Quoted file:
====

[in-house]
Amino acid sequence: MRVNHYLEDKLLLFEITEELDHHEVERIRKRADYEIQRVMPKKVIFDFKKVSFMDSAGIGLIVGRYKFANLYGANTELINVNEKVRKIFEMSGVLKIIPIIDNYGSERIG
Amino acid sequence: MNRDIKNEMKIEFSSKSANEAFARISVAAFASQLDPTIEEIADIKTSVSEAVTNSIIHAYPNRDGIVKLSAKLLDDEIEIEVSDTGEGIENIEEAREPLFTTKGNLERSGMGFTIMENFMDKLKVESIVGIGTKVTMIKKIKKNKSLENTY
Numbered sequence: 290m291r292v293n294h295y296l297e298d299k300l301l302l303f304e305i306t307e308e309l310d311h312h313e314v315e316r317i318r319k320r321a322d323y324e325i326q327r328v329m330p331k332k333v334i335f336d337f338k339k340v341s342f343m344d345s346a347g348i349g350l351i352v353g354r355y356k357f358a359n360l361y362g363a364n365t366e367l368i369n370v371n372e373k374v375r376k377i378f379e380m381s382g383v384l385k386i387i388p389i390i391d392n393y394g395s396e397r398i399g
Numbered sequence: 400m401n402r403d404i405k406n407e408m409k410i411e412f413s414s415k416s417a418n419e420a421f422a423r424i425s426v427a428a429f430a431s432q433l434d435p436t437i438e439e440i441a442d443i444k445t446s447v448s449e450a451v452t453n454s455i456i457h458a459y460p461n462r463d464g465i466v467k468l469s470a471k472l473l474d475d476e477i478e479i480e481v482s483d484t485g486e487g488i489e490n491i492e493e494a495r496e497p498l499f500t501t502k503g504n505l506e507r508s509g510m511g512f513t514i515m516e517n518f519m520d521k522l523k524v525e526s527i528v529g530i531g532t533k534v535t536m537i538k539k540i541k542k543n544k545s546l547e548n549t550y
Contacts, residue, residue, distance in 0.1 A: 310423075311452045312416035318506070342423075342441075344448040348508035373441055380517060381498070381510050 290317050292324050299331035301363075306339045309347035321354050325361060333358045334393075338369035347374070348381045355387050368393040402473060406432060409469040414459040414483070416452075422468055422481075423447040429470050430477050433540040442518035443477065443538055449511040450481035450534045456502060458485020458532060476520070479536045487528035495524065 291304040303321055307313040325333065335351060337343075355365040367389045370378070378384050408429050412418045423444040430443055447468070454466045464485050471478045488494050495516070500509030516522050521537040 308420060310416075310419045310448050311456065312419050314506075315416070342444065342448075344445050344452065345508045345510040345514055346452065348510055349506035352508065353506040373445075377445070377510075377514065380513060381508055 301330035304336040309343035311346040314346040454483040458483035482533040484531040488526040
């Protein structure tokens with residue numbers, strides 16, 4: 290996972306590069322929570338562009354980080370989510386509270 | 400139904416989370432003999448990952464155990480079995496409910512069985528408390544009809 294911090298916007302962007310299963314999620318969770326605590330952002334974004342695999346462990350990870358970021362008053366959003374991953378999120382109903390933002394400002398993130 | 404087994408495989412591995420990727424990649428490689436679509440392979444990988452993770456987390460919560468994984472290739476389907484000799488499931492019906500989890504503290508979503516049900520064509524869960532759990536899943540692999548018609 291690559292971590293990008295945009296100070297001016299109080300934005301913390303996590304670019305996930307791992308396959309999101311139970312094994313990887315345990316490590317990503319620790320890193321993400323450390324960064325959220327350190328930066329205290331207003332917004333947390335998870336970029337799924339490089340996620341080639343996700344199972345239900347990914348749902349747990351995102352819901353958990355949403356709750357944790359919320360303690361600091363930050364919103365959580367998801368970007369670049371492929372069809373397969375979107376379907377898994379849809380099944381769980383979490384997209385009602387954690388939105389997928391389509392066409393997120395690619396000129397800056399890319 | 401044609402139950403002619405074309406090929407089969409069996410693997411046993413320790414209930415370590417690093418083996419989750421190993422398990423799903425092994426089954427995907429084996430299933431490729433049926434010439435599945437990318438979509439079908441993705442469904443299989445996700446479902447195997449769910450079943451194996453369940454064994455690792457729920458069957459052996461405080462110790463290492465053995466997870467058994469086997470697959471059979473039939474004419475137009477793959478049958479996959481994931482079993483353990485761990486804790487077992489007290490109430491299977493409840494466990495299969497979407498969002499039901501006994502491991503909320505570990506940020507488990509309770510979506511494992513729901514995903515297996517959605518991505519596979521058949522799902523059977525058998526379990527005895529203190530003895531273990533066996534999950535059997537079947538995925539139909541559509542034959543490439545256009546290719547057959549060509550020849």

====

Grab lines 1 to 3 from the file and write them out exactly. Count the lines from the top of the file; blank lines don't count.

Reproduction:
[in-house]
Amino acid sequence: MRVNHYLEDKLLLFEITEELDHHEVERIRKRADYEIQRVMPKKVIFDFKKVSFMDSAGIGLIVGRYKFANLYGANTELINVNEKVRKIFEMSGVLKIIPIIDNYGSERIG
Amino acid sequence: MNRDIKNEMKIEFSSKSANEAFARISVAAFASQLDPTIEEIADIKTSVSEAVTNSIIHAYPNRDGIVKLSAKLLDDEIEIEVSDTGEGIENIEEAREPLFTTKGNLERSGMGFTIMENFMDKLKVESIVGIGTKVTMIKKIKKNKSLENTY